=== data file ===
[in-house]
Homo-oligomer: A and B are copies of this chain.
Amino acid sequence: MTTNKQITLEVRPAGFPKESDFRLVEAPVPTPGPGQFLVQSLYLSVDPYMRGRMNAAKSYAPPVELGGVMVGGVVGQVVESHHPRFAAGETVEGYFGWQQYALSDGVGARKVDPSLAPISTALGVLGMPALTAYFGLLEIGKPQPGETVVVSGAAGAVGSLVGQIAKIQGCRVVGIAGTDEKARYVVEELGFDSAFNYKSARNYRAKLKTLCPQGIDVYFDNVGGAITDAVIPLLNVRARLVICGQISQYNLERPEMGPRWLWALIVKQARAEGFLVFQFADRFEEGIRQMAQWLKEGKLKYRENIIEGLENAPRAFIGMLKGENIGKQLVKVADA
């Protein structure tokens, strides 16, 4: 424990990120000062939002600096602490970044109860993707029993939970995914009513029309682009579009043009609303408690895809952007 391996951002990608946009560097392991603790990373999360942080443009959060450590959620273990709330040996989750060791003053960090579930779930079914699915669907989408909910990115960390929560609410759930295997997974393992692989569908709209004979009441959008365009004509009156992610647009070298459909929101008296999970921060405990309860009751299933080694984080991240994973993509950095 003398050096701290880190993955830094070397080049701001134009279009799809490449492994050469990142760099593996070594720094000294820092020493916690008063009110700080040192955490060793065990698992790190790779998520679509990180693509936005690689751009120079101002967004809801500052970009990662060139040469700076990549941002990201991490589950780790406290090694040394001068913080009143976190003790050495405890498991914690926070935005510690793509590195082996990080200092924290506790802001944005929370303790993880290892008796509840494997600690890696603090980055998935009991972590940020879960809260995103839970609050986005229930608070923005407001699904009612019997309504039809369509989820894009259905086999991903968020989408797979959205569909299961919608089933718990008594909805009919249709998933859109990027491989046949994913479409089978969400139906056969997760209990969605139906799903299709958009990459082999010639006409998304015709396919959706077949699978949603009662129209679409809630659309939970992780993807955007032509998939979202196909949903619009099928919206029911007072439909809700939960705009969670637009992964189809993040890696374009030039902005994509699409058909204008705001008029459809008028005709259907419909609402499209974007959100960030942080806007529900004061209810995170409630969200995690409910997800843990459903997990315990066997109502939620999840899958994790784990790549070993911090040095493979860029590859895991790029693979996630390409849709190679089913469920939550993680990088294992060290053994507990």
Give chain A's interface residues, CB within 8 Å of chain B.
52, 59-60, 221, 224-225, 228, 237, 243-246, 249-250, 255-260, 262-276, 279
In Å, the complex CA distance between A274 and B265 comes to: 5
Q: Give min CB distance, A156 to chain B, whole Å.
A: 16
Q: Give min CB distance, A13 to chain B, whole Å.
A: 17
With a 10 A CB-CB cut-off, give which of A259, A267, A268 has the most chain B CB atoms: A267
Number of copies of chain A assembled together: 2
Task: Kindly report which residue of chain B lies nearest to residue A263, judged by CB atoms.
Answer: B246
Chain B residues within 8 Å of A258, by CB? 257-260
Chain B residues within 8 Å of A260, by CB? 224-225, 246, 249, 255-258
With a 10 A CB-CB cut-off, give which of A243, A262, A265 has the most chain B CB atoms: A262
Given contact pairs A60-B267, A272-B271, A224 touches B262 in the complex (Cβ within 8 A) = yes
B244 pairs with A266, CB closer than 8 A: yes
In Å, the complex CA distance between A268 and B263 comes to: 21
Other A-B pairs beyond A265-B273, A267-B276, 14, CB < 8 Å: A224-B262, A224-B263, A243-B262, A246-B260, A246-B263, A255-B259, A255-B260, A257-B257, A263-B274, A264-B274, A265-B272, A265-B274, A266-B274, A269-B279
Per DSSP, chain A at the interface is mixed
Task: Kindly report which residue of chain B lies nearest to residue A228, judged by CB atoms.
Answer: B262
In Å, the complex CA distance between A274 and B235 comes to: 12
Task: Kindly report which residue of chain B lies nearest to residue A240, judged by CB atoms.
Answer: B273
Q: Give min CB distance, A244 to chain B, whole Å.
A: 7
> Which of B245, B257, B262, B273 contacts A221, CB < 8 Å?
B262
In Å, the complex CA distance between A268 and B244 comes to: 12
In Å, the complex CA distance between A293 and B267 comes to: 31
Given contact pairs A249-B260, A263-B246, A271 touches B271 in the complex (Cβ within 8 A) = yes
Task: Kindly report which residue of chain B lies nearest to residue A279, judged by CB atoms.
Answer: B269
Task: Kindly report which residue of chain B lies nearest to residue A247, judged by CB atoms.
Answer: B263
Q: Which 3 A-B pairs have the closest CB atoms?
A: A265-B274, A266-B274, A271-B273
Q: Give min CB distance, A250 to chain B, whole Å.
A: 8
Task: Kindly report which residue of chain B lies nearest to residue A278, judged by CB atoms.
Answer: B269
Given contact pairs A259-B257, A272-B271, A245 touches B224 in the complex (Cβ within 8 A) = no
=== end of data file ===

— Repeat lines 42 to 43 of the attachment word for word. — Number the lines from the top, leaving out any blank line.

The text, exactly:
Q: Give min CB distance, A250 to chain B, whole Å.
A: 8